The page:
The program is funded by charging reasonable fees for processing the notifications. The fees are charged to the notifier by the third party Program Administrator. Information about the fees related to the INPP is available at: North American Compendiums.
7. Is a list of products that have been assigned notification numbers available to the public?
Yes, a list of products that have been assigned notification numbers and their labelling information is available at: North American Compendiums.
8. Is a notified product allowed for sale in Canada?
A notification number does not constitute market authorization under the Food and Drugs Act and Regulations. However, Health Canada would not normally seek to prevent the importation, manufacture or sale of products notified through the program unless a health risk is identified.
Health Canada may take appropriate enforcement action, should it have reason to believe that a product does not meet the conditions of the notification program (e.g. unauthorized claim), or that it is unsafe or may cause the public to be deceived.
9. Is a feed manufacturer permitted to add a product that has been assigned a notification number to a commercial livestock feed?
No, at this time products that have been assigned a notification number cannot be added to livestock feeds. Feeds must meet the requirements of the Feeds Act and Regulations. Nothing in this Program would affect the enforcement of the Feeds Act and Regulations or other legislation under the responsibility of the Canadian Food Inspection Agency (CFIA). The only veterinary products that may be used in medicated feeds are veterinary drugs with Drug Identification Numbers (DINs) when feeds are manufactured according the Compendium of Medicating Ingredient Brochures and/or as per a veterinary prescription. The CFIA will continue to take action against non-compliant products when appropriate.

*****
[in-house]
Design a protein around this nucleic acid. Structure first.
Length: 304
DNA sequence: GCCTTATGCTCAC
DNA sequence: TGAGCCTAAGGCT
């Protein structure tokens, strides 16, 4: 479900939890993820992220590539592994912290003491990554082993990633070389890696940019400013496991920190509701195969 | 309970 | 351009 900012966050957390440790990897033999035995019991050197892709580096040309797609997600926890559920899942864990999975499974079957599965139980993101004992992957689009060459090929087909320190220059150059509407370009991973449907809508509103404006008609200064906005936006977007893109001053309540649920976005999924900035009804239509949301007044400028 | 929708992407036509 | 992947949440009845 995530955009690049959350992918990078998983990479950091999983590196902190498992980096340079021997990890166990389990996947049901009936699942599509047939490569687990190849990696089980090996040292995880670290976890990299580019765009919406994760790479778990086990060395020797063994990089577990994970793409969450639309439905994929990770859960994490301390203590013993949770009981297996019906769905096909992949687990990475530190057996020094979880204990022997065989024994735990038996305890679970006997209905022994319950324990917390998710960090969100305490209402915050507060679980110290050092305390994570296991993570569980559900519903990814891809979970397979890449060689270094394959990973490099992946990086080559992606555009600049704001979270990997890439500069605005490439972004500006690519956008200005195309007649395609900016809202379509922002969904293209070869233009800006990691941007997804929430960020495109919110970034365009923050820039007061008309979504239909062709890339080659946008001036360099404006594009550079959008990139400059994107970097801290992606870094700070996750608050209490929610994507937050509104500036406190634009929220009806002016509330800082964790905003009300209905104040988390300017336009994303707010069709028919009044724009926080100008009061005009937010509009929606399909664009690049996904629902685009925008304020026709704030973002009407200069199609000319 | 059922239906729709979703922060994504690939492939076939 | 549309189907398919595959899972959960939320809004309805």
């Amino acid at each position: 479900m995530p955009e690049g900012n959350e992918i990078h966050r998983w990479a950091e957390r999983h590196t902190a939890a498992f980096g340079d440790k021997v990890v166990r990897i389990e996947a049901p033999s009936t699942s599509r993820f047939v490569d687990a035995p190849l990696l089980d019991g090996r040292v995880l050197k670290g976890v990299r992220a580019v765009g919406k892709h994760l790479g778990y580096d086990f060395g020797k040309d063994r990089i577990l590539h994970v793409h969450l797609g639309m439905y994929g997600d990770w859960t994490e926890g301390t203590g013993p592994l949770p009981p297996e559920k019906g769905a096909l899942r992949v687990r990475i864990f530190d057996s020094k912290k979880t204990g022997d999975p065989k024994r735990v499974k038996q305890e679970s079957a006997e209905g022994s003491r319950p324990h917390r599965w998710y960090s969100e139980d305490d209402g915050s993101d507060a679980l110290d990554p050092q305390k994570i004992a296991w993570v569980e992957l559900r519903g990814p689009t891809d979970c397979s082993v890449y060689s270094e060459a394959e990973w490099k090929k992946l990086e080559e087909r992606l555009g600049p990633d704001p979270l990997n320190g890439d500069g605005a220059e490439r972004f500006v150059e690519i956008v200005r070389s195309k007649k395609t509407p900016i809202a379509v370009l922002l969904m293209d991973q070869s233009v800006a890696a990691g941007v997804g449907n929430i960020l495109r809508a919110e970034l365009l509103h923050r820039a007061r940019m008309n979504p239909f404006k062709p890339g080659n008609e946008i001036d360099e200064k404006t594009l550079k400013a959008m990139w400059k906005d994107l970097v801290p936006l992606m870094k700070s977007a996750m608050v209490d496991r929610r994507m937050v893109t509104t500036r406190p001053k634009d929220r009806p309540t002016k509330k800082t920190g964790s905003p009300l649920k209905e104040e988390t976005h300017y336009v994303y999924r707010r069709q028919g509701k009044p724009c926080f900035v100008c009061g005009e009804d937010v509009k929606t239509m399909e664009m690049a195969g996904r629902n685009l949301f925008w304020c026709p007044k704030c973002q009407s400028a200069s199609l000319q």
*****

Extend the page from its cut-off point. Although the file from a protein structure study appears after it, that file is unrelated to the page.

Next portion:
10. What is the List of Admissible Substances?
Substances appearing on the List of Admissible Substances and deemed admissible have been evaluated by Health Canada and are considered to be of minimal concern, i.e. they are not expected to present a significant risk to the health of humans or animals when used in cats, dogs and horses not intended for food when the conditions associated with them are respected. The List has been developed based on generally accepted scientific and traditional knowledge and is in line with similar lists in other jurisdictions. The list is available at: North American Compendiums. The List is updated on a regular basis.
11. What risk mitigation measures are in place to ensure that the products which receive a notification number pose a low risk, are of good quality and have a reasonable expectation of effectiveness?
Health Canada's primary consideration in implementing this Program is to protect public health, and any doubt with regard to the safety of a product would exclude it from the Notification Program.
- The Program is limited to products containing active (medicinal) ingredients on the List of Admissible Substances identified by Health Canada as being a low risk substance when used under certain conditions.